If the bulk of fast food chicken nuggets is not actually chicken meat, what’s in them?
Images thanks to Physicians Committee For Responsible Medicine. Thanks to Ellen Reid for her image-finding expertise and Jeff Thomas for his Keynote help.
In a scathing expose of the USDA’s new meat inspection program, the Washington Post quoted a representative from the inspector’s union, who said pig processing lines may be moving too quickly to catch tainted meat. “Tremendous amounts of fecal matter remain on the carcasses,” he said. “Not small bits, but chunks.”
What about the other white meat? The Physician’s Committee for Responsible Medicine created this infographic to highlight what they consider to be the five worst contaminants in chicken products. In their investigation of retail chicken products in 10 U.S. cities they found fecal contamination in about half the chicken they bought at the store. But with all the focus on what’s in chicken products, we may have lost sight on what may be missing, like actual chicken.
Researchers recently published an “autopsy” of chicken nuggets in the American Journal of Medicine. The purpose was to determine the contents of chicken nuggets from two national food chains. Because chicken nuggets are a favorite of children, and the obesity epidemic now extends to them as well, they thought knowing a bit more about the content of the contemporary chicken nugget could be important. The nugget from the first restaurant was composed of approximately 50% skeletal muscle, with the remainder composed primarily of fat, with some blood vessels and nerve present, along with generous quantities of skin or gut lining and associated supportive tissue. The nugget from the second restaurant was composed of approximately 40% skeletal muscle with lots of other tissues including bone.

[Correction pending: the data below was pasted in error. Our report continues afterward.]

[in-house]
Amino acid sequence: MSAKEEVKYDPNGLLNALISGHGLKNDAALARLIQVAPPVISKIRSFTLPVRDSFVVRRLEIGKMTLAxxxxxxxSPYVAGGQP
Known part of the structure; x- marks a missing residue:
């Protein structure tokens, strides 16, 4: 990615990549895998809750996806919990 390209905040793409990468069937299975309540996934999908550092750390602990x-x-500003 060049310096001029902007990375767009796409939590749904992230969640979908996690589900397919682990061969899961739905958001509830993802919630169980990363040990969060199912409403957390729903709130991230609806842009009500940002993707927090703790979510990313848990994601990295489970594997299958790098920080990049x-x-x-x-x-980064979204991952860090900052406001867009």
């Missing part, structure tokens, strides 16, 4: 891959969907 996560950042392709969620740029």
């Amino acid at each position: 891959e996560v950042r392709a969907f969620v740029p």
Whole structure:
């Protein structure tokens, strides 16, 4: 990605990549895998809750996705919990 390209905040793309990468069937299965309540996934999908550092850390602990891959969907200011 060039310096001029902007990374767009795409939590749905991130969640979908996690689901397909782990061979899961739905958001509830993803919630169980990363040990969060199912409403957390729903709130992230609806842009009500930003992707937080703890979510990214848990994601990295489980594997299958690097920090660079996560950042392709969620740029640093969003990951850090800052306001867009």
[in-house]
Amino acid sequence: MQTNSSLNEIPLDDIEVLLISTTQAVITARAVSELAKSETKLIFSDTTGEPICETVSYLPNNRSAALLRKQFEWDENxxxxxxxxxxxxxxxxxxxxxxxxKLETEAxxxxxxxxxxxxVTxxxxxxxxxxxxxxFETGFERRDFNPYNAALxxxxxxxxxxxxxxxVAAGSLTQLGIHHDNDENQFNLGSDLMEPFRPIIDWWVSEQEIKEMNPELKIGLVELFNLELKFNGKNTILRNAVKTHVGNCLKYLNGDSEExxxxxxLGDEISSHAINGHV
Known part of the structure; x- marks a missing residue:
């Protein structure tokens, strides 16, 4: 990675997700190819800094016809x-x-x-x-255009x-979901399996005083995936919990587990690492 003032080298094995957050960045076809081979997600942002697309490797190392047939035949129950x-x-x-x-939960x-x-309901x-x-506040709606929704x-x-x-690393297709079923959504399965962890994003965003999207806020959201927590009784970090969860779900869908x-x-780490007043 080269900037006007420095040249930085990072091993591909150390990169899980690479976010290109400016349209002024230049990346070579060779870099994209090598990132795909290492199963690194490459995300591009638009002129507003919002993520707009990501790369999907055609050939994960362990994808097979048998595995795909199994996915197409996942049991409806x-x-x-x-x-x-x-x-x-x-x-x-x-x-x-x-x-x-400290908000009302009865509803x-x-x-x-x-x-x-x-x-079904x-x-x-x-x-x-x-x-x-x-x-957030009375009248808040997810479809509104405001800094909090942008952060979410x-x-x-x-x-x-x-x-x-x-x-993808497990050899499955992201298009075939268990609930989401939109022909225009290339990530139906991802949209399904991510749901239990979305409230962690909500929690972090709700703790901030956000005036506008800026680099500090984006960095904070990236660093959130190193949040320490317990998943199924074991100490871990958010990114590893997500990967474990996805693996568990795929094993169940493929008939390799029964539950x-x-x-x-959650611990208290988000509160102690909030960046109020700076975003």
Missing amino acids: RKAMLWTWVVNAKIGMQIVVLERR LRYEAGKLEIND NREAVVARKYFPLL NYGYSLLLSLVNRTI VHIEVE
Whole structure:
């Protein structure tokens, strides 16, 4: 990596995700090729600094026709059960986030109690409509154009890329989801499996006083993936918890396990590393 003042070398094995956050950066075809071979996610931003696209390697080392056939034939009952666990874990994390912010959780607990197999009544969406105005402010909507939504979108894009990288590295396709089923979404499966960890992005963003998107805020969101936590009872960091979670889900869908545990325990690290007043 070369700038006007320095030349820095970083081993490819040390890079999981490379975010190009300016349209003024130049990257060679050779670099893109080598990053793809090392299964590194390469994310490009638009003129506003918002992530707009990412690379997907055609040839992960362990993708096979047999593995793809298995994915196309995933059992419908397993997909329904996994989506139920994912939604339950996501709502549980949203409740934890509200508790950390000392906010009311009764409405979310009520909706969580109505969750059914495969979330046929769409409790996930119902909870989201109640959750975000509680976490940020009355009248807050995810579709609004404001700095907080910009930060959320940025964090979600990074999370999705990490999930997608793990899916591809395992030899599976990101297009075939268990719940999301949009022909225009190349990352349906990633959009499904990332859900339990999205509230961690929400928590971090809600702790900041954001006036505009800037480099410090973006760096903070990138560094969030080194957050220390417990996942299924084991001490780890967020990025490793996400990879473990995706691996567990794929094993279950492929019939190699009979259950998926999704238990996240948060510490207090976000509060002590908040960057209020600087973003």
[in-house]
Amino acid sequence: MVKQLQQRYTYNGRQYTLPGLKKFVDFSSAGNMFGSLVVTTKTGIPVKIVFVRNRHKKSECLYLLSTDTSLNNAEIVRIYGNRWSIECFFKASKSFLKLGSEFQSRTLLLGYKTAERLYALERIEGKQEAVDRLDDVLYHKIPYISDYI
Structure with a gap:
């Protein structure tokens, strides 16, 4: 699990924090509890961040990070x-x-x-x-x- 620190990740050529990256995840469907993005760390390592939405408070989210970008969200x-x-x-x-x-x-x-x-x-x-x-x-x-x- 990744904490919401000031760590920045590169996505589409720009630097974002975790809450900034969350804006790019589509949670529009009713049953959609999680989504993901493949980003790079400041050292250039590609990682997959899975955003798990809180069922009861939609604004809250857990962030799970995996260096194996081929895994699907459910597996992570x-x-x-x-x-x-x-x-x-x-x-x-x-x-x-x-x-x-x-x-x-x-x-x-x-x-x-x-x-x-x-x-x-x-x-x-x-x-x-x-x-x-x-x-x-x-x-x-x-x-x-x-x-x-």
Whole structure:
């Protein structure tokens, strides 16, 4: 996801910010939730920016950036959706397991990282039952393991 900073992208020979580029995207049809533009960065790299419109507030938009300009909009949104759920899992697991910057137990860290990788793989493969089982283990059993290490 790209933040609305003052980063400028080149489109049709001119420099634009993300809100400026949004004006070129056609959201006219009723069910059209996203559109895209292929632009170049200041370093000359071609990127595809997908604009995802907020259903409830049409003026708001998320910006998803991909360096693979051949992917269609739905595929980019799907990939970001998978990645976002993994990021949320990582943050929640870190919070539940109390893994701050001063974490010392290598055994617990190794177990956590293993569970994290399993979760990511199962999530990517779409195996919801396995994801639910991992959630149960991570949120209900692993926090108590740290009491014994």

“I was floored,” said the lead investigator, ”I had read what other reports have said is in them and I didn’t believe it. I was astonished actually seeing it under the microscope.”
They conclude that actual chicken meat was not the predominant component of either nugget—it was mostly other tissues, concluding the term chicken nugget is really a misnomer.
To see any graphs, charts, graphics, images, and quotes to which Dr. Greger may be referring, watch the above video. This is just an approximation of the audio contributed by Ariel Levitsky.
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More on fecal contamination from chicken in Fecal Bacteria Survey, fish in Fecal Contamination of Sushi, and pigs in Yersinia in Pork. How can that be legal? See Salmonella in Chicken & Turkey: Deadly But Not Illegal.
More on the preservatives in chicken in Phosphate Additives in Meat Purge and Cola and antibiotic contamination in Drug Residues in Meat. Estrogenic Cooked Meat Carcinogens also build up in poultry in particular, something the Physicians Committee also tested for previously: Fast Food Tested for Carcinogens.
If we’re going to eat something chickenish that isn’t chicken meat, why not truly boneless chicken: Chicken vs. Veggie Chicken.
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